Don’t get caught in a trap
It is extremely common during isolation exercises for the deltoids that the more powerful trapezius muscles are recruited and perform the majority of the workload. This results in over-developed traps and underdeveloped delts, achieving the aforementioned sloping pear look. Common causes of this are due to too heavy a weight being used, incorrect form, and sloppy, fast repetitions.

Make the Connection
You have surely heard of the Mind and Muscle connection. Creating this connection between the mind and the target muscle is paramount in order to stimulate hypertrophy. This is simply done by selecting a lightweight to begin an exercise. If for example you are working your medial deltoids and performing side lateral raises, use only the medial deltoids to extend the dumbbells out to the sides. Feel the target muscles engage from the bottom and work through both the concentric and eccentric parts of the motion. Squeeze out hard contractions and bring the weight all the way back down to the starting position. Don’t use momentum or weak form and rush through a set. If you cannot achieve at least 10 repetitions with perfect form, you should select a lighter weight. Once you have achieved the desired number of repetitions with textbook form, you should then increase the weight accordingly.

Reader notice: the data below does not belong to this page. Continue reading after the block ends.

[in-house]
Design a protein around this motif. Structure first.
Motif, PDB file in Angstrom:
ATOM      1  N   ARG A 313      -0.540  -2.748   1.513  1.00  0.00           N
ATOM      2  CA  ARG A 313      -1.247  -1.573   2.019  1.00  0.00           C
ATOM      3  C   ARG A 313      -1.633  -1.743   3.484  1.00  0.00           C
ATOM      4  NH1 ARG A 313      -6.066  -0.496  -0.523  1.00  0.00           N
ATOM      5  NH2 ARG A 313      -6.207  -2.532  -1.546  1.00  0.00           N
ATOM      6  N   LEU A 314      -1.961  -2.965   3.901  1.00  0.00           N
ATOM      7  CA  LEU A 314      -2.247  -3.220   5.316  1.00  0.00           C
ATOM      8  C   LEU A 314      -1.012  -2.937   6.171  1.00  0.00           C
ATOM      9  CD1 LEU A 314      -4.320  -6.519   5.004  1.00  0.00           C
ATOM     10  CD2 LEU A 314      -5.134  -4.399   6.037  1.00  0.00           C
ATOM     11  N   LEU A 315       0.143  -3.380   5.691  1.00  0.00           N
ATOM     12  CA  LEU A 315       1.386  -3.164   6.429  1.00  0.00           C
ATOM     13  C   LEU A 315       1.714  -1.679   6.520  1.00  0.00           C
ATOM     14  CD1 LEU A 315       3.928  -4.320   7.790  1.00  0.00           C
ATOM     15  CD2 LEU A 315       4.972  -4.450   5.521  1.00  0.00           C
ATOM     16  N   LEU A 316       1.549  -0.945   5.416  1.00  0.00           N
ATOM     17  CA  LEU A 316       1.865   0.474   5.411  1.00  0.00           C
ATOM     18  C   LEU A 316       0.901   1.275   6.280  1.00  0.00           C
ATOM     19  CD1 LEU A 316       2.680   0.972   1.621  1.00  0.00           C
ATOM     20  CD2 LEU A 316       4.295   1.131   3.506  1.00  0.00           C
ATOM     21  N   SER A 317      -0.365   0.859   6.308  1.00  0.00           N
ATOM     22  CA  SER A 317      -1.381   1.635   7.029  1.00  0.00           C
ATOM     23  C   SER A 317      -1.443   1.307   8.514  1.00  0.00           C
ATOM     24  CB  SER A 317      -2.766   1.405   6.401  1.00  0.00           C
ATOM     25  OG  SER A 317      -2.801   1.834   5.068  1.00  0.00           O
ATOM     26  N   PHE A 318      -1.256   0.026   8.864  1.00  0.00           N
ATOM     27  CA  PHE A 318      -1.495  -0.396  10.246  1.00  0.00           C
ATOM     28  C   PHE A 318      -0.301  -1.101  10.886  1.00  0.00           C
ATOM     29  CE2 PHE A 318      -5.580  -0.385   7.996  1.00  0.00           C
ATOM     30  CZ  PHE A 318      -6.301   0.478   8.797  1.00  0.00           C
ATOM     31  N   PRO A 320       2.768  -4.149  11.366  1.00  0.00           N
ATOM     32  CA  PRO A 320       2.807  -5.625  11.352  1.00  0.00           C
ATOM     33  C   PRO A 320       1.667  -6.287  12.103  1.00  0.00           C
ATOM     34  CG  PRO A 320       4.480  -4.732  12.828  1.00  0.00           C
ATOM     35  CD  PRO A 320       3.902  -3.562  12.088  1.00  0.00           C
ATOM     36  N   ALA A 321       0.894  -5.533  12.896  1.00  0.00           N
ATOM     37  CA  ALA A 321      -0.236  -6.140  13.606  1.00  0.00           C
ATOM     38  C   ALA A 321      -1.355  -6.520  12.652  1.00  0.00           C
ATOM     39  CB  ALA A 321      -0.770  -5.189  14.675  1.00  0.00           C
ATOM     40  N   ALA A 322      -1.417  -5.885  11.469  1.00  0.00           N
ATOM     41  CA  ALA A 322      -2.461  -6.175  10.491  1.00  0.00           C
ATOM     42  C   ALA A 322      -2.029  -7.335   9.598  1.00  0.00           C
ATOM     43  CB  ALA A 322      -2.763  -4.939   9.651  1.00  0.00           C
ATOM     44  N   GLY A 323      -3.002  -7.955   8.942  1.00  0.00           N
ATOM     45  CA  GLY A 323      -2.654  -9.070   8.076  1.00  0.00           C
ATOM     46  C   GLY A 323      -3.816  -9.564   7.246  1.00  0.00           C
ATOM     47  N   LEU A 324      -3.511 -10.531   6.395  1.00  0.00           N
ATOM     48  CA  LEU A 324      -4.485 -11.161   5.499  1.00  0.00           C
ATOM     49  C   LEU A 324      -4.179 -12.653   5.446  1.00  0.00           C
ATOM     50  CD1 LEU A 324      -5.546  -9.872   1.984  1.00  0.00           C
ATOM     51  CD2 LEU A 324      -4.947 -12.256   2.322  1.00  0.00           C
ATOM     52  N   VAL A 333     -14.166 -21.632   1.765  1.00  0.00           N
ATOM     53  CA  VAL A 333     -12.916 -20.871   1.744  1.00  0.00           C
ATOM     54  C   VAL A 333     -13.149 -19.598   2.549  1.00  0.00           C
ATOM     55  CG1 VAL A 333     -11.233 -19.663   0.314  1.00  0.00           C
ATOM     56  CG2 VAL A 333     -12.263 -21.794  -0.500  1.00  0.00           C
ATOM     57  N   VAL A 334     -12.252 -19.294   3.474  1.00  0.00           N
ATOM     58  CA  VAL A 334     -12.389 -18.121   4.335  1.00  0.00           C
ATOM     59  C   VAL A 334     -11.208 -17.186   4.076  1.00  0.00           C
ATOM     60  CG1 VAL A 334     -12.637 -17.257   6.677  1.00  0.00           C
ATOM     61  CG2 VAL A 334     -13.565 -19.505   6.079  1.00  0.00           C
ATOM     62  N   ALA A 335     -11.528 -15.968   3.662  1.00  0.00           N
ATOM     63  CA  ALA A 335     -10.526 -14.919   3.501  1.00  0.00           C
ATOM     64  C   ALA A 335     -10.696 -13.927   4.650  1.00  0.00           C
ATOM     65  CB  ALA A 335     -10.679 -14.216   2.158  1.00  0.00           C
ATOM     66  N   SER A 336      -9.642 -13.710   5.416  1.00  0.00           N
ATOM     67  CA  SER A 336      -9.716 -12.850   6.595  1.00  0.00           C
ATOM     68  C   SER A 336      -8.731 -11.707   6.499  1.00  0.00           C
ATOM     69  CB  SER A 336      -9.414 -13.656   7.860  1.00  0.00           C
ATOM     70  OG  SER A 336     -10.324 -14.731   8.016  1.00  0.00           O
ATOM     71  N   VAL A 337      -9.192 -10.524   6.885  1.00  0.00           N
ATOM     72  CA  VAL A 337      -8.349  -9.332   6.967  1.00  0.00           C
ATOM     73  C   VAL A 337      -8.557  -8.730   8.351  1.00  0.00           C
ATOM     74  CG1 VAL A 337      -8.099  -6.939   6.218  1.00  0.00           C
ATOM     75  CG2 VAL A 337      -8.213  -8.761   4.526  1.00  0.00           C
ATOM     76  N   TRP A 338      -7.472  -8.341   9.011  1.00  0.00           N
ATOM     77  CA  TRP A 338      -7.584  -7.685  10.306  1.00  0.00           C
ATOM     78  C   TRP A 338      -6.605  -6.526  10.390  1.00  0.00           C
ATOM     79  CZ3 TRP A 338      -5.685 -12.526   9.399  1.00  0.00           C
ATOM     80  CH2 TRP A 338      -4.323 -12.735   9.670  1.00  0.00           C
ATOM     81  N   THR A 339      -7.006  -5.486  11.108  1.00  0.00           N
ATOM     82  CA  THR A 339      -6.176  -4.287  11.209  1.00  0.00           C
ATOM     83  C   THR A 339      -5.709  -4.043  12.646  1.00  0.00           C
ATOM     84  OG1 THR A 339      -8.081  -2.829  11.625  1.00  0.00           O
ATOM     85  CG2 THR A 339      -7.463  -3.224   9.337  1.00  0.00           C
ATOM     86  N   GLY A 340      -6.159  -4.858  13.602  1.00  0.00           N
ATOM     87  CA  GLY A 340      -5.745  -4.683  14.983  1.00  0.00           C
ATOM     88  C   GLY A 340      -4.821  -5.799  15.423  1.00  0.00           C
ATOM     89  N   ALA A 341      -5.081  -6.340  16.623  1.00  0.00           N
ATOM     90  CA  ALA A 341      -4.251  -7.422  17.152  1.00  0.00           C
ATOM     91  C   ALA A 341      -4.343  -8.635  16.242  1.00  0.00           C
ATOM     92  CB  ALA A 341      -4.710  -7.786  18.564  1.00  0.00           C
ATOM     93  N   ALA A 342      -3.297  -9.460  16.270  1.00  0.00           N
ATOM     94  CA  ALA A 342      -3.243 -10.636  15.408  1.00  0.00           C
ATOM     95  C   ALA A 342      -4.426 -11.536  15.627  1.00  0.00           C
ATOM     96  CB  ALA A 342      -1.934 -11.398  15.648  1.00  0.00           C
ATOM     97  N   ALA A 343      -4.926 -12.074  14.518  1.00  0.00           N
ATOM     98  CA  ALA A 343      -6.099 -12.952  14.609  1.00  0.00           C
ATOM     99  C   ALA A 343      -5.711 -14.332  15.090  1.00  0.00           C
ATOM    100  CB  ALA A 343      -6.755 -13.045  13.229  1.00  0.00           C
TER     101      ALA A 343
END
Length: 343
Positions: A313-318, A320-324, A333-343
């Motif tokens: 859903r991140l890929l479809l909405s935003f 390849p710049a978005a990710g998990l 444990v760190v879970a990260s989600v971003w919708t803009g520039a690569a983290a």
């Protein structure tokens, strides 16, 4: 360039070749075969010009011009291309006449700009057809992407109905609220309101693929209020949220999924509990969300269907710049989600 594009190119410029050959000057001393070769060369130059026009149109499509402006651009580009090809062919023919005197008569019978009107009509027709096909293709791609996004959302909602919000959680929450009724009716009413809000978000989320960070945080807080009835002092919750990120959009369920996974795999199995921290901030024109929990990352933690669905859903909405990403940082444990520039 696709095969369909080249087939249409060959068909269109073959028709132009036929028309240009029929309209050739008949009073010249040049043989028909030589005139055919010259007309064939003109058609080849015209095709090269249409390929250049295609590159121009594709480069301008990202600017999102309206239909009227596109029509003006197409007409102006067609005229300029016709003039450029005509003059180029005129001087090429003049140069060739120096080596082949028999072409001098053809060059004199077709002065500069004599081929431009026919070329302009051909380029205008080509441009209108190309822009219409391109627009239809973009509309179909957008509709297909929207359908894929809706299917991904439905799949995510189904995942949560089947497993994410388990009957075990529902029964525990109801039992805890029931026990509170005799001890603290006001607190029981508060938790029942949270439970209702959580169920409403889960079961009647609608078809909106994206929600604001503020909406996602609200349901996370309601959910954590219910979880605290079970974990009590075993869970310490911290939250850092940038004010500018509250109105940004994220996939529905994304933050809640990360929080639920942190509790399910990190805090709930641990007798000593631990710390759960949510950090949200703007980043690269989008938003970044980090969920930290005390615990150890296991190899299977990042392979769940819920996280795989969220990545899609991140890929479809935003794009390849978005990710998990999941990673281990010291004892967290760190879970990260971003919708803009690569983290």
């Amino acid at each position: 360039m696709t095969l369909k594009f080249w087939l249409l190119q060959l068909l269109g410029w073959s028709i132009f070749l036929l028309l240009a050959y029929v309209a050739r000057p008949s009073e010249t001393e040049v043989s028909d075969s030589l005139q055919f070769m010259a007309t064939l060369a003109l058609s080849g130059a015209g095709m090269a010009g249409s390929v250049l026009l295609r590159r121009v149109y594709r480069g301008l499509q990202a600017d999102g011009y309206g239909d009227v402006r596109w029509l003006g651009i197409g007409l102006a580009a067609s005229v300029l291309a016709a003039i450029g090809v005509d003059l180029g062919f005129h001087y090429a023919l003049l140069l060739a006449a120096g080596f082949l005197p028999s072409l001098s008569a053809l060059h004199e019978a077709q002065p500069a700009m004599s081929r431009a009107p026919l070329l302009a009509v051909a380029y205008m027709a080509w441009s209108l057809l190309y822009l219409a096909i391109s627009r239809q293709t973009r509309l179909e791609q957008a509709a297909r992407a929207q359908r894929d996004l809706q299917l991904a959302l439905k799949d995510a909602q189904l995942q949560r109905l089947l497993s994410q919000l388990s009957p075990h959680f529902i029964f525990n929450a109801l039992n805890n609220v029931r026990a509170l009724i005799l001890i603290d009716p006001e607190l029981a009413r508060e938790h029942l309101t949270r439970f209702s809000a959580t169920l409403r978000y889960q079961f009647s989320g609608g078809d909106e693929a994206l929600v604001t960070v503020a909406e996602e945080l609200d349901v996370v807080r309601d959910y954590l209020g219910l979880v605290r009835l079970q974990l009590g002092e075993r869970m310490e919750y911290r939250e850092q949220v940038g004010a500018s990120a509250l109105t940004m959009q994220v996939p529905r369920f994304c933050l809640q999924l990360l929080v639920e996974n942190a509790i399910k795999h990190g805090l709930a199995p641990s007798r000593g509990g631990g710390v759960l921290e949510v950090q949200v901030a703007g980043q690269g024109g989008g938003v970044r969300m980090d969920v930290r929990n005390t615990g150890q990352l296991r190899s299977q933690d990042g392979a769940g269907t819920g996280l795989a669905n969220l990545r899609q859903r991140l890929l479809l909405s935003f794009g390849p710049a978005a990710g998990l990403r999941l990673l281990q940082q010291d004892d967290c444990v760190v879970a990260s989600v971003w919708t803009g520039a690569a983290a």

Tension is the key to Hypertrophy! 
In the quest for mass, engaging and applying appropriate tension to the target muscle and working it through a full range of motion, is essential. The more time under tension, the higher degree of muscle tissue microtrauma. The more microtrauma, the more your muscles will adapt by growing larger and stronger after each grueling session!

Maximizing Tension
There are several ways to increase the amount of tension placed on a muscle – increasing the time under tension by changing tempo and optimizing tension by incorporating bands or cables.
In my last article – Status Issue 24- Powerband training 101, I discussed tempo and how to incorporate bands to maximize tension and increase peak contractions.
In this article, I will discuss how to incorporate cables into some of the dumbbell lateral raise exercises to create tension at the bottom of the motion, where it is typically very little or none. By doing this, one can stimulate the deltoid throughout the entire range of motion, thereby engaging and fatiguing the maximum amount of muscle fibers – which equates to bigger stronger delts!

Variety is the spice of life. This holds true for growth as well.  All muscle groups respond extremely well to varying not only your order of exercises but also variations to these exercises.  Below I have included several different variations of each exercise.  Each is equally effective and should be shuffled into your routine.  There is such a large number of combinations to select that you could theoretically design a unique shoulder session each time you enter the gym.  However, one thing that should remain consistent at each training session is 100% intensity, commitment to working the muscles to failure and trying to increase the workload from that of the last, either in terms of increased poundages or number of repetitions per heavy working set.

You’ve decided to get Cable